Chase Manhattan advanced $7,300 to Dr. Cook prior to actual execution of the assignment and extended the rest of the $45,000 by April 29, 1974.

On August 1, 1974, Bryan Jones telephoned Martin May and advised May that he represented Mrs. Connie Marks with respect to support moneys owed her by Dr. Cook.

On August 6, 1974, Dr. Cook applied for a $3,000 increase in the original loan from Chase Manhattan. Dr. Cook and Mr. Wilson, on behalf of the bank, agreed that the additional loan would also be secured by the assignment of Dr. Cook's legacy. The additional funds were advanced on August 16. Also in August Dr. Cook applied for an installment credit loan through Chase Manhattan. The bank agreed to commit itself to the sum of $10,000. On August 21, funds were advanced to the respondent pursuant to the commitment. Security for repayment included both a passbook account and an interest in any cash proceeds remaining after payment of the principal obligation secured by respondent's interest in the estate.

On August 14, 1974, Martin May, as the executor of Otto Cook's estate, was served with a copy of a writ of execution and notice of levy evidencing Dr. Cook's San Francisco support arrearages of $28,966 plus interest. The next day Mr. May wrote Bryan Jones as follows: ‘In view of (the) assignment there would be nothing in the estate subject to the levy.’ At the same time he advised Dr. Cook of the levy.

The executor of the estate, pursuant to a decree of preliminary distribution, had forwarded Dr. Cook's 500 shares of stock to the bank in late July 1974. The bank sold the Eastman Kodak stock in October 1974 for about $33,000 reducing Dr. Cook's indebtedness on the $48,000 loan to $15,099. According to the terms of Otto Cook's will, Dr. Cook is entitled to distribution of an additional $25,000.

The position of Dr. Cook and apparently of the executor of the estate is that the assignment takes precedence over the judgment lien and that the entire legacy of Dr. Cook must be distributed to Chase Manhattan Bank. Appellant contends that the undistributed $25,000 legacy is fully subject to her lien.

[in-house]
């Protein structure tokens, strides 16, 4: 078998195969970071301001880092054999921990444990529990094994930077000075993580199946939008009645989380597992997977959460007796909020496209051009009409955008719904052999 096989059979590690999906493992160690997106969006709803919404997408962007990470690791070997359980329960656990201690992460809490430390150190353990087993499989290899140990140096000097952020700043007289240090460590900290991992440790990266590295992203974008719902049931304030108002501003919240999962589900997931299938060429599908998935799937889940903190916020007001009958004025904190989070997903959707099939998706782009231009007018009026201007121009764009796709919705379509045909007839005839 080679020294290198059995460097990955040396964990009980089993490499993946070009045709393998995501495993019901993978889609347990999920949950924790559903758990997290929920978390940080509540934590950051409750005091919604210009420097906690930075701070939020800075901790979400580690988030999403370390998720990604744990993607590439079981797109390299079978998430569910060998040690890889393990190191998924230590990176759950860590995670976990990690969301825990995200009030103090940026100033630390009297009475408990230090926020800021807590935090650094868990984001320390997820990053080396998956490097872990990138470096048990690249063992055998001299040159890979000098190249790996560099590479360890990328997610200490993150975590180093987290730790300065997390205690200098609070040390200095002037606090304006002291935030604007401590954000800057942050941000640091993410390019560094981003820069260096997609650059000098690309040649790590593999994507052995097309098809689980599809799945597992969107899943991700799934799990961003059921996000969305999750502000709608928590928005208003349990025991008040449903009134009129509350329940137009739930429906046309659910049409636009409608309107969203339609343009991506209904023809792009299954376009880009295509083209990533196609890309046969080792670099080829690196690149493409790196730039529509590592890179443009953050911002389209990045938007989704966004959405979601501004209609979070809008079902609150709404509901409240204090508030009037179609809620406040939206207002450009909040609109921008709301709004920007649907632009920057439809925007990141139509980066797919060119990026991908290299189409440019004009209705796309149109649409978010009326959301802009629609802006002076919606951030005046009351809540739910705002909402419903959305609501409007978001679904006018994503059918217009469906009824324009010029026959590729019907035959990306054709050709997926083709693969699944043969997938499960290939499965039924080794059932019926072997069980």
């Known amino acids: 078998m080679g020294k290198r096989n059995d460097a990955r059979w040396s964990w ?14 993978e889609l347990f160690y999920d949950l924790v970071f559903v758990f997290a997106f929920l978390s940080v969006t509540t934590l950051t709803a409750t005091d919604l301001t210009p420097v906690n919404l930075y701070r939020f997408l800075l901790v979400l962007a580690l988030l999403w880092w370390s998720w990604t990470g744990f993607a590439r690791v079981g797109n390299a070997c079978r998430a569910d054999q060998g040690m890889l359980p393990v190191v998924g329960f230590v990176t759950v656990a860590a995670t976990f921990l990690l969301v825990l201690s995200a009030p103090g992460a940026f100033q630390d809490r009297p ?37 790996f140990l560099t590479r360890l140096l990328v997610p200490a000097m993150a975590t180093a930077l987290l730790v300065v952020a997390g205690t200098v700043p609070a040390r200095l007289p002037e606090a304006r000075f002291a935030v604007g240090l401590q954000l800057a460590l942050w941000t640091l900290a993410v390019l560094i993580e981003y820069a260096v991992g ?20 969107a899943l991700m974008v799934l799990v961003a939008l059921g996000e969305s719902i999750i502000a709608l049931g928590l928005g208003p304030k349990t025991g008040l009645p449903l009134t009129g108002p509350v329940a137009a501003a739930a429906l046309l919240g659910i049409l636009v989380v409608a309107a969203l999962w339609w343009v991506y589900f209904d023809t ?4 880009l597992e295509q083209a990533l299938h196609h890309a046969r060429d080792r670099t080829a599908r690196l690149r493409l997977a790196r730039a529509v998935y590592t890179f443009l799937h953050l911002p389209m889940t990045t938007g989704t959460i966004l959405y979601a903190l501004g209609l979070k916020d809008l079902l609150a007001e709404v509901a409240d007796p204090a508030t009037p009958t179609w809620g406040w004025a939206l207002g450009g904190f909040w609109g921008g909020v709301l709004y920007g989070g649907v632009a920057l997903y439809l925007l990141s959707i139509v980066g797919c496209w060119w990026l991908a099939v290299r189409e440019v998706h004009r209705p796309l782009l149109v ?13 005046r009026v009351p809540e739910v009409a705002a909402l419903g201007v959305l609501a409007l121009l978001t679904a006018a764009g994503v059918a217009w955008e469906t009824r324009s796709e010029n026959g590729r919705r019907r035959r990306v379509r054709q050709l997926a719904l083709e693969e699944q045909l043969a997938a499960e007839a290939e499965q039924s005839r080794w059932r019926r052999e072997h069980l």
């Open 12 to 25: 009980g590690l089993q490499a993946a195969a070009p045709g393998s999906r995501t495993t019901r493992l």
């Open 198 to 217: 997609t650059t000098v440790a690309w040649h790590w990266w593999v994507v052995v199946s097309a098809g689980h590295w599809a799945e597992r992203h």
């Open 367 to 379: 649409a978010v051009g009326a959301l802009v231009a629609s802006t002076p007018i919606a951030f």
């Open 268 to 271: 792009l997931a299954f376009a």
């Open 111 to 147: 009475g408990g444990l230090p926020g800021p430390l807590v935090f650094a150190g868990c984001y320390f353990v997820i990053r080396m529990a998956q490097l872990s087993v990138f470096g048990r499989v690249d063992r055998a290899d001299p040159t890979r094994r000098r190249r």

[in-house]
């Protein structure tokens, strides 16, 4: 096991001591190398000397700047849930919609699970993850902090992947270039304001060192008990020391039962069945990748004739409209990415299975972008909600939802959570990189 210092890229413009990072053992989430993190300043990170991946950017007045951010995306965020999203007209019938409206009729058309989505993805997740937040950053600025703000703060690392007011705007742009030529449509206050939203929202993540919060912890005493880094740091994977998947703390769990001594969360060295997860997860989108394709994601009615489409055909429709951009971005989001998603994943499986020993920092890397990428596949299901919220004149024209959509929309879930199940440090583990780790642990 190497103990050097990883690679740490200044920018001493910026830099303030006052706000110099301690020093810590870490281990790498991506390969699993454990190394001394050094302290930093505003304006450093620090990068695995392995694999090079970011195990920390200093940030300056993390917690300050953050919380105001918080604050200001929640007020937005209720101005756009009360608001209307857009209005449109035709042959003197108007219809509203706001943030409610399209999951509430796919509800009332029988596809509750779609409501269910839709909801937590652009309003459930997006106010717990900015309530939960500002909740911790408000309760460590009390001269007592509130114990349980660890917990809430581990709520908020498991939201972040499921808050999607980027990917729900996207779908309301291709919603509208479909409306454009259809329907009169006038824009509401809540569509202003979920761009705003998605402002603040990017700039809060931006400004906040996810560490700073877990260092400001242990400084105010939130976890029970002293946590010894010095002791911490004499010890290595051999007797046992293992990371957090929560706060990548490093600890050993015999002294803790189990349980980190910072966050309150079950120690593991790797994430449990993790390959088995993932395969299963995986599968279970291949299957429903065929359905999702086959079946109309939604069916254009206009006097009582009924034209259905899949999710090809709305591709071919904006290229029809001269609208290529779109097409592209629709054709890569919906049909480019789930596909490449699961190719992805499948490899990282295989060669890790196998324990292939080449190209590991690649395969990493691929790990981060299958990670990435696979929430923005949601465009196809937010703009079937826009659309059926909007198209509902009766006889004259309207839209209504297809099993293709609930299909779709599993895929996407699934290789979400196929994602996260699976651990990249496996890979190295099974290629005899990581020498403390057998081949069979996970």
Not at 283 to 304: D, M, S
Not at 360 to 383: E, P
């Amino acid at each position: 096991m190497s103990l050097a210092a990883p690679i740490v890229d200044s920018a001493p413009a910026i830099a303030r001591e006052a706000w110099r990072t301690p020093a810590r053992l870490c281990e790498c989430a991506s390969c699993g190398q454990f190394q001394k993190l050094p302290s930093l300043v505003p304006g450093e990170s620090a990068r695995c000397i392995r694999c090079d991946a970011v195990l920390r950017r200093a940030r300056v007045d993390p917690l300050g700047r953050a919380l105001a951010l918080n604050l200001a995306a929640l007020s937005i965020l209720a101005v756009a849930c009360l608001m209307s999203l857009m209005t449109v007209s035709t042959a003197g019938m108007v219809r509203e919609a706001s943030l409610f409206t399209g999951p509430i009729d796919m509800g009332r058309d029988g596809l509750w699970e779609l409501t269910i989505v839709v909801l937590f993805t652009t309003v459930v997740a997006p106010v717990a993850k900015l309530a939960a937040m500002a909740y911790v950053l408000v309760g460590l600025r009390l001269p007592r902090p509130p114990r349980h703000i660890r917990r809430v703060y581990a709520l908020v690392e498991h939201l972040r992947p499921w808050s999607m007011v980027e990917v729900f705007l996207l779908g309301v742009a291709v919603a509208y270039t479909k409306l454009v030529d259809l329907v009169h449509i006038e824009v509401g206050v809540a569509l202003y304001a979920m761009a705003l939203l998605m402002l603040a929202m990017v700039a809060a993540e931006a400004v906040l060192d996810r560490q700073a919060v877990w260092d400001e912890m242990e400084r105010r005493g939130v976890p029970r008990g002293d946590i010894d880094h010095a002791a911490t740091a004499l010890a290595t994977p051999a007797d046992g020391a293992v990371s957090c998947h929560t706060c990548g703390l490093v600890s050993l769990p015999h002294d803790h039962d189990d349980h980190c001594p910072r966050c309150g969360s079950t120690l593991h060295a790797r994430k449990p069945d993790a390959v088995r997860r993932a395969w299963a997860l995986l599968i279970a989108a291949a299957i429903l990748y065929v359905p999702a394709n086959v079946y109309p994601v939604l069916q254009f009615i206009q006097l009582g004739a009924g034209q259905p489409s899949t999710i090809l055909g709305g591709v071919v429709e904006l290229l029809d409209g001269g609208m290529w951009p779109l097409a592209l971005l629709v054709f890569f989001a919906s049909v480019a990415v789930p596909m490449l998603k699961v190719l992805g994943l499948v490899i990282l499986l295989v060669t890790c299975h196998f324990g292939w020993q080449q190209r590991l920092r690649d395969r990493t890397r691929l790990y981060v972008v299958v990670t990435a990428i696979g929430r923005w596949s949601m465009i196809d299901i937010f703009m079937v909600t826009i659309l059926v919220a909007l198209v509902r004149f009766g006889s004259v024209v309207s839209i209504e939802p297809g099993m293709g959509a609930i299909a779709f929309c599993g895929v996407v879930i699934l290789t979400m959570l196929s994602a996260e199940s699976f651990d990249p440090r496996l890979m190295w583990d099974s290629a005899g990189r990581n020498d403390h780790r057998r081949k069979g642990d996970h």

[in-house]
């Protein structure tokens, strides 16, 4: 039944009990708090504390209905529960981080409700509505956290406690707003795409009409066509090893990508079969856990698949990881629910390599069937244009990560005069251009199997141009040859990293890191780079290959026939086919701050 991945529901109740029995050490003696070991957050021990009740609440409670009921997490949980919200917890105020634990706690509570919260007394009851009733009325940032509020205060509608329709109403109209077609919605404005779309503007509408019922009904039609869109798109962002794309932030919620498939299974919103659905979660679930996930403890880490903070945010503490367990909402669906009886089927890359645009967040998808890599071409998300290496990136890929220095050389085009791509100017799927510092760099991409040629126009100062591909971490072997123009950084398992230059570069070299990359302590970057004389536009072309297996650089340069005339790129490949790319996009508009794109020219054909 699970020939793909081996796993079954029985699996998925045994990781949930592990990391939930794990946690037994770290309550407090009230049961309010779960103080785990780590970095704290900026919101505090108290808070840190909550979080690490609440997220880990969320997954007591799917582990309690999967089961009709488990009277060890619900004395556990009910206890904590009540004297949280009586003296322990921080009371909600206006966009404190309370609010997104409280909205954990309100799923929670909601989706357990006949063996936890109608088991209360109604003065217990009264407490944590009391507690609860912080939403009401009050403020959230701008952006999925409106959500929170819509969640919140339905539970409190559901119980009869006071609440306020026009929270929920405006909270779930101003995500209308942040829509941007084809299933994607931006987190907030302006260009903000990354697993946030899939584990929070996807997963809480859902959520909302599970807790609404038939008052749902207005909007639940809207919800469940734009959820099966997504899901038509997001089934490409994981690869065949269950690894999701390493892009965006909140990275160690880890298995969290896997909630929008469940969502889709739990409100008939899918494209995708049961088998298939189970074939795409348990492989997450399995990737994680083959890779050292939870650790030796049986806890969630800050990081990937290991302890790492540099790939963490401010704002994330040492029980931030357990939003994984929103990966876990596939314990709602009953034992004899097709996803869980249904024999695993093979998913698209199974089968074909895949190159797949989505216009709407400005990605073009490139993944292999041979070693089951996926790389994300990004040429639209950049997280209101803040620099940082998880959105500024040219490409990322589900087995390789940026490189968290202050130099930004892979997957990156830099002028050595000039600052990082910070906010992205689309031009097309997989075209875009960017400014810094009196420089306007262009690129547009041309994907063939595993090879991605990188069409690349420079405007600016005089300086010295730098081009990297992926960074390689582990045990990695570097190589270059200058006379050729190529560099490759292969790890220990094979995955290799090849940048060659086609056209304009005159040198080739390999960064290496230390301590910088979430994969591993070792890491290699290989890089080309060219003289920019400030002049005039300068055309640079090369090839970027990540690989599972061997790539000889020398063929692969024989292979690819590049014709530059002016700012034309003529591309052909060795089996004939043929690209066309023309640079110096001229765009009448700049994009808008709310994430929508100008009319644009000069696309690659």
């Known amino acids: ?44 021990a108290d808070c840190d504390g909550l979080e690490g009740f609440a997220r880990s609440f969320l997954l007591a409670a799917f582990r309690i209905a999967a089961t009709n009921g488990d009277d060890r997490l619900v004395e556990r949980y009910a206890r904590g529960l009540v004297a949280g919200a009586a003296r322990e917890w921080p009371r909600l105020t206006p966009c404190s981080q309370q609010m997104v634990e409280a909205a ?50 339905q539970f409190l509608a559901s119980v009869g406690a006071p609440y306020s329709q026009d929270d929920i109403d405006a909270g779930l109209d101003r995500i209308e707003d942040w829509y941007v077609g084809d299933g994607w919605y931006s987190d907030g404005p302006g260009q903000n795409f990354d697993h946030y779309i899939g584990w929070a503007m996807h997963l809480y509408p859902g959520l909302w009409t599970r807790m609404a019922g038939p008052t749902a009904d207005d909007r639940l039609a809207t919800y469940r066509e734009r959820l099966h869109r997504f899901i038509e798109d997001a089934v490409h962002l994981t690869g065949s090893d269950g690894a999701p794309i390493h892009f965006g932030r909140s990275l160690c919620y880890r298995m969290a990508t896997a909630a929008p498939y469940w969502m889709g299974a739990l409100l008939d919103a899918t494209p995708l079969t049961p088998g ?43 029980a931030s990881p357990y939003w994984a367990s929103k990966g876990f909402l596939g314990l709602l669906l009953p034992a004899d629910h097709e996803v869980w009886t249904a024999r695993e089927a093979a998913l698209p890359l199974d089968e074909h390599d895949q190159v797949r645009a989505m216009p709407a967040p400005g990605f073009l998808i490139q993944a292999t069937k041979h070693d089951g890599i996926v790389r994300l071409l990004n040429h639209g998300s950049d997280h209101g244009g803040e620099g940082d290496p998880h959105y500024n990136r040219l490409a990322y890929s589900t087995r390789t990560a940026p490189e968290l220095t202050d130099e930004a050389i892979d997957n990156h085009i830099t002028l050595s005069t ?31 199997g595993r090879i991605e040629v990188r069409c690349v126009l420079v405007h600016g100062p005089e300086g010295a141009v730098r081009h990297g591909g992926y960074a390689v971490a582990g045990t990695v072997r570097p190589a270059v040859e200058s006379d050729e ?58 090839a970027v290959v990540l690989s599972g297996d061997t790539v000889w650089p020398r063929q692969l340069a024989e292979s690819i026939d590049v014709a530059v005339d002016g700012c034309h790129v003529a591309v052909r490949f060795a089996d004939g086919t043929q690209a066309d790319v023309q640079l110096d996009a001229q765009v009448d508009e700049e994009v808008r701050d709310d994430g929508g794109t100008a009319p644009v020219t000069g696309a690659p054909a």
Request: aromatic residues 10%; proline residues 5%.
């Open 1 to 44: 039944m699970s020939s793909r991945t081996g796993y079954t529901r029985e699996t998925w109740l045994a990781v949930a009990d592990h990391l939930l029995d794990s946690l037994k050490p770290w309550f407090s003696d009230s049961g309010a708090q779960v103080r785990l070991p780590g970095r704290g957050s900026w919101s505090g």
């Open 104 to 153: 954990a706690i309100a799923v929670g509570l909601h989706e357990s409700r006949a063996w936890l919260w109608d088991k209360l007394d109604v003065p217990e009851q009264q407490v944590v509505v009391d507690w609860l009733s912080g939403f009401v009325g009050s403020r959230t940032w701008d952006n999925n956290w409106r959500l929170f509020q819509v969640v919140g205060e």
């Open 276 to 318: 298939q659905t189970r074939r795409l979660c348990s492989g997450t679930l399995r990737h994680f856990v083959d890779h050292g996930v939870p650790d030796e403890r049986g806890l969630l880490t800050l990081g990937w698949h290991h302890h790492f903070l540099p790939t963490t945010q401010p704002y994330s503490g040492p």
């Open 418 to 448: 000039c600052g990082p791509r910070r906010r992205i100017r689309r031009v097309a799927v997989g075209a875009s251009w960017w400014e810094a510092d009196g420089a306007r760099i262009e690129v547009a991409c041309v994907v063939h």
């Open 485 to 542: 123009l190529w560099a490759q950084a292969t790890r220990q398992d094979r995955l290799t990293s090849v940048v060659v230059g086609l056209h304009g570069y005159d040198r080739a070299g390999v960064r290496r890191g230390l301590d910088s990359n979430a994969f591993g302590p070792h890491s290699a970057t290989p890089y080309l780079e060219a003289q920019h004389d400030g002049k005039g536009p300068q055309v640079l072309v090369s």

1. The probate court had jurisdiction to resolve the claims of appellant.

In Fount-Wip, Inc. v. Goldstein (1972) 29 Cal.App.3d 751, 105 Cal.Rptr. 780, a judgment creditor attached the debtor's interest in a decedent's estate and the probate court ordered distribution of the interest to the sheriff subject to the claim of the creditor. The former wife of the debtor then filed a third-party claim pursuant to section 689 of the Code of Civil Procedure which sets forth the procedure for litigating the title to personal property upon which there has been a levy, and the creditor responded by filing a petition under the statute to determine title. The creditor made various contentions that the procedure was improper. The trial court however found the procedure followed by the third-party claimant was appropriate and that the levy was ineffective against an assignment to her executed prior in time to the creditor's suit against her former husband.

The question with which we are confronted is whether the procedure followed in Fount-Wip is the exclusive method of determining the issue between an assignee of an interest in an estate and an attaching creditor. In other words, is the procedure adopted here allowable? We have concluded that the Fount-Wip procedure is not an exclusive method of procedure and that that adopted in this case is permissible.